Easter blessings from UCAN
There is no more important week in the year for Christians than this Holy Week. We call it Holy because of the mystery we celebrate - God's gift of His son who loves us to his death on Calvary and beyond.
Because of that love, we wish each other Happy Easter even when we know there is a lot of tragedy about it - Good Friday. As Christians, we know that what we see happening with and in Jesus goes to the heart of what we know from our own experience of life.
At the Second Vatican Council, the Christian lives we all lead were described as being shares in the Paschal Mystery. We have our share in the death and resurrection of Jesus every day. Our lives are part of the Paschal Mystery.
At UCAN, we work to describe that mystery in the unfolding tragedies and astonishing blessings of the people we seek out and report, feature and comment on.
While at times deeply distressing work, this effort of ours gets its coherence in the same way the death of Jesus did - because of the astonishing grace of a God who never gives up on life and love.
Because of that, we can wish you Happy Easter.
Fr. Michael Kelly SJ
Forum educates about climate change
Encourages teachers to raise more environmental awareness among studentsStudents learn climate change issues from exhibitors
- Ryan Dagur, Jakarta
- April 23, 2012
The three-day event, organized by the Indonesian National Council on Climate Change (DNPI) attracted thousands of people, including elementary and junior high students.
The event aimed to engage young people and professionals through interactive talk sessions, educational trips and media training, on issues such as adaptation, mitigation, climate finance and technology transfers.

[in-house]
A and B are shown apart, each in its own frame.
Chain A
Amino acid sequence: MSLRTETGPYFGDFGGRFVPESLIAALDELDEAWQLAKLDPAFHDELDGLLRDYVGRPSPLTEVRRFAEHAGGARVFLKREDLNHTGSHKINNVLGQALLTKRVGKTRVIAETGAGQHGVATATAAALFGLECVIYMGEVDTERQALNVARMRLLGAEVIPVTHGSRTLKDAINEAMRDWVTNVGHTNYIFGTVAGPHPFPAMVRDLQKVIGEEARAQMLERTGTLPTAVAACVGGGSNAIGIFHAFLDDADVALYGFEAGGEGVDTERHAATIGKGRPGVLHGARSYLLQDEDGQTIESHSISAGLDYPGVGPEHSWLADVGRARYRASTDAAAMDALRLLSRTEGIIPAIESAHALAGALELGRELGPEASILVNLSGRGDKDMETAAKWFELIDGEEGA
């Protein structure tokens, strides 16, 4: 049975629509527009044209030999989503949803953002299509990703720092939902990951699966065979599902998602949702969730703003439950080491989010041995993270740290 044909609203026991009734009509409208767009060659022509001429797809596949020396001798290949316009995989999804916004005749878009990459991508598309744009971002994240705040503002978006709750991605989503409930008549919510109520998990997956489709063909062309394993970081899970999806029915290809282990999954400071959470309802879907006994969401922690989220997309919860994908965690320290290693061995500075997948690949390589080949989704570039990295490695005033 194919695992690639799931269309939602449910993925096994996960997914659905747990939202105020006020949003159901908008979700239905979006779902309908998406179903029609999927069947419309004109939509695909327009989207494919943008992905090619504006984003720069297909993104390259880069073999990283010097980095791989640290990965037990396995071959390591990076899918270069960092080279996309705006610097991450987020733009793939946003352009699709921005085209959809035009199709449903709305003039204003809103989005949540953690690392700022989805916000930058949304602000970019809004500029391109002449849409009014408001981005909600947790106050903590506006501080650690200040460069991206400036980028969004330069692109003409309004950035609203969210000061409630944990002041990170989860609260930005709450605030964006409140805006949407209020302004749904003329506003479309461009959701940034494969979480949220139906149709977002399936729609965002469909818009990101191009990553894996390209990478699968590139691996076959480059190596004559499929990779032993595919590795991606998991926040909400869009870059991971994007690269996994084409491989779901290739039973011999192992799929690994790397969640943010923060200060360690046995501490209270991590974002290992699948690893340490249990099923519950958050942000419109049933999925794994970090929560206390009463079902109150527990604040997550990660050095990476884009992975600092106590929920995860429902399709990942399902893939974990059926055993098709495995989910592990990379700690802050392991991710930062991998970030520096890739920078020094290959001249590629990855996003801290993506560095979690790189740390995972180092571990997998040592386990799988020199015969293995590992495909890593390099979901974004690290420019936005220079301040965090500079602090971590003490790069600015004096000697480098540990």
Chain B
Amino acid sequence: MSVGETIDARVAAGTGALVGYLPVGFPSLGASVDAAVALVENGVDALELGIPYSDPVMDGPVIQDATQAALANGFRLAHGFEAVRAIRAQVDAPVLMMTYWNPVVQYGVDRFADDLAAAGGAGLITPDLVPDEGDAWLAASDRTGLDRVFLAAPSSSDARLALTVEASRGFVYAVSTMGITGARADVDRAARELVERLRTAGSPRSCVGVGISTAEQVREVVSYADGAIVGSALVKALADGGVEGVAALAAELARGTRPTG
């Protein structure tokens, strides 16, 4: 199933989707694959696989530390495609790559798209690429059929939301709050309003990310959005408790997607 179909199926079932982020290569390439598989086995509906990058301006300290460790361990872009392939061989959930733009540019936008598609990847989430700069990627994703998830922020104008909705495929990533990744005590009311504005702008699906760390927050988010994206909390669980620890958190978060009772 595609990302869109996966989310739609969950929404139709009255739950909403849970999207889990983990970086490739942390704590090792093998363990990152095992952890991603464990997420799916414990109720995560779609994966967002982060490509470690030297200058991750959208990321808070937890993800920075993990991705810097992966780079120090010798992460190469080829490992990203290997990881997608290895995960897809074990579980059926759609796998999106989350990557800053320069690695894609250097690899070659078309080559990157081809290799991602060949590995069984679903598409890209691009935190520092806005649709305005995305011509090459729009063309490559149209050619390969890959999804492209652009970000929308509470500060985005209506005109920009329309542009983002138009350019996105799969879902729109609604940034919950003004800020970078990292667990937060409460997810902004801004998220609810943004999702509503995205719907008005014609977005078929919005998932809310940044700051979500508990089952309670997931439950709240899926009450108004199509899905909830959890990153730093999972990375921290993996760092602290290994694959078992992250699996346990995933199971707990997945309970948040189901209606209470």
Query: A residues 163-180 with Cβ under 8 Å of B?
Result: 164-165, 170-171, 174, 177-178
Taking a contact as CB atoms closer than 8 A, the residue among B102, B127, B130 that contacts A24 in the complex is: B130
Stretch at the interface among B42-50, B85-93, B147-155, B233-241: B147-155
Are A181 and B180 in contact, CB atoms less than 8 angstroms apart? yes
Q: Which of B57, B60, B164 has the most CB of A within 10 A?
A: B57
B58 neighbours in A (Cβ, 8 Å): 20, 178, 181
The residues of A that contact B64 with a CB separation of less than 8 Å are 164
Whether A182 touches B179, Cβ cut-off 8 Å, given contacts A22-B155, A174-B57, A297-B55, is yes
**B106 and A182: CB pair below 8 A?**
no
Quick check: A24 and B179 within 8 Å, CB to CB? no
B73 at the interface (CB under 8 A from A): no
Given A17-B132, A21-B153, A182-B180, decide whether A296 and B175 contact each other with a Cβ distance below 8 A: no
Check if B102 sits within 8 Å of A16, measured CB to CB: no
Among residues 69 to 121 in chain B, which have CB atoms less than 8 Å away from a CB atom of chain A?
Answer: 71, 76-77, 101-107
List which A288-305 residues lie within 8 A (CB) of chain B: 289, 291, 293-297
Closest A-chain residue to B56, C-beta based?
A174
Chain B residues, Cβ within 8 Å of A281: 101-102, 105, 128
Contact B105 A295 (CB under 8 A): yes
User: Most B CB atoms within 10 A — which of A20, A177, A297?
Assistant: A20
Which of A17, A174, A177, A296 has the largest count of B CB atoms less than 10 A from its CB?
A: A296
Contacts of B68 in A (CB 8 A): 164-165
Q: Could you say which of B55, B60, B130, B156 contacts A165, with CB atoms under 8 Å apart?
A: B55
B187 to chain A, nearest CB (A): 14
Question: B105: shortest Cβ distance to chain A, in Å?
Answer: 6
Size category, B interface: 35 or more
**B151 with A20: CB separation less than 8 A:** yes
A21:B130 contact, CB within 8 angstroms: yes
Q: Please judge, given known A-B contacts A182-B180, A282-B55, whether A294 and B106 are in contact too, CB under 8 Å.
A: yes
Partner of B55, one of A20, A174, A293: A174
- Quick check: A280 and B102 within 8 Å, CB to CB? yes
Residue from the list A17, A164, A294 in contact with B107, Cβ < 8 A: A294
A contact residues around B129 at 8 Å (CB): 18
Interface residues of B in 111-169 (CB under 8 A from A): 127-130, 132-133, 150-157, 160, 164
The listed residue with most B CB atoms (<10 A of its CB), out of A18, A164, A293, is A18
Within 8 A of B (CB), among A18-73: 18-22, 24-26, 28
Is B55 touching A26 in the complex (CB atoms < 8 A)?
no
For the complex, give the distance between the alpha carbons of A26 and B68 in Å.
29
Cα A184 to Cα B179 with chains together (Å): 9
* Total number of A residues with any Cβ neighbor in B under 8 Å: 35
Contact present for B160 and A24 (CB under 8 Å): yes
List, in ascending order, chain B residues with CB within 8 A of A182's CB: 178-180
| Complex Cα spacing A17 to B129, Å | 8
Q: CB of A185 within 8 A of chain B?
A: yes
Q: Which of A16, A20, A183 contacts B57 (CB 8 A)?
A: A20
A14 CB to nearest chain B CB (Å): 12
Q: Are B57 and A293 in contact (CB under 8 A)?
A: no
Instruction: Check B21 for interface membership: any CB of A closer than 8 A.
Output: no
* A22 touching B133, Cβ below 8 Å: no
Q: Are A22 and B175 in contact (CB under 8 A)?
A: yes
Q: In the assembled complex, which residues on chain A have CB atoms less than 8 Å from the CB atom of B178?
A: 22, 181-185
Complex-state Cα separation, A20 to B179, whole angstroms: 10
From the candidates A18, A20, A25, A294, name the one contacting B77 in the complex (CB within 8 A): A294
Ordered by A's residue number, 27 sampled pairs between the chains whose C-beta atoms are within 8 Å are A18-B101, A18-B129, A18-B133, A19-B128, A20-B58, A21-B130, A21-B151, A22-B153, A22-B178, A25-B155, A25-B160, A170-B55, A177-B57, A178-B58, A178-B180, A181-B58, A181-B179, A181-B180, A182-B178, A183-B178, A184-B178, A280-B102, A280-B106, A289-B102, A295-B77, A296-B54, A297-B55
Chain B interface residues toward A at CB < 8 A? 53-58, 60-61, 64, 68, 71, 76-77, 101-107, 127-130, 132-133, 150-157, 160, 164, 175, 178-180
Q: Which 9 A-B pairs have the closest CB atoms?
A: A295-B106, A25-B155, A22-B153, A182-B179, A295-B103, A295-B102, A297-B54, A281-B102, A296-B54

Dimas Sapta Muharam, a student coordinator representing several schools in East Jakarta, said the exhibition broadened many young people‚Äôs horizons on climate and environment issues.
‚ÄúParticipants gave us practical explanations about climate change issues. So we were not there just sightseeing,‚ÄĚ Muharam said yesterday, adding that they would also share their insights with other students.
Nearly two hundred participants were at the expo, including government agencies, state own firms, NGOs, educational institutions, donors, and climate change groups.
‚ÄúOur focus was on instructing teachers who are sensitive to global and local climate issues,‚ÄĚ said Azizah Ust of Green Teachers Indonesia.
‚ÄúWe targeted teachers who can set an example among their students,‚ÄĚ she added.
The Indonesian government used the forum to raise people‚Äôs awareness about the impacts of climate change, and explore ways to combat global warming.
‚ÄúThe exhibits and forum were meant to allow for the dissemination of information relevant to climate change issues,‚ÄĚ said Rahmat Witoelar, chairman of DNPI.
Environment minister Balthasar Kambuaya said the expo also helped map out a national strategy on climate change.
‚ÄúIt is necessary to support the national target of achieving seven percent economic growth and reducing carbon emissions by 26 percent by 2020,‚ÄĚ the minister said.
Forum plots future for rainforests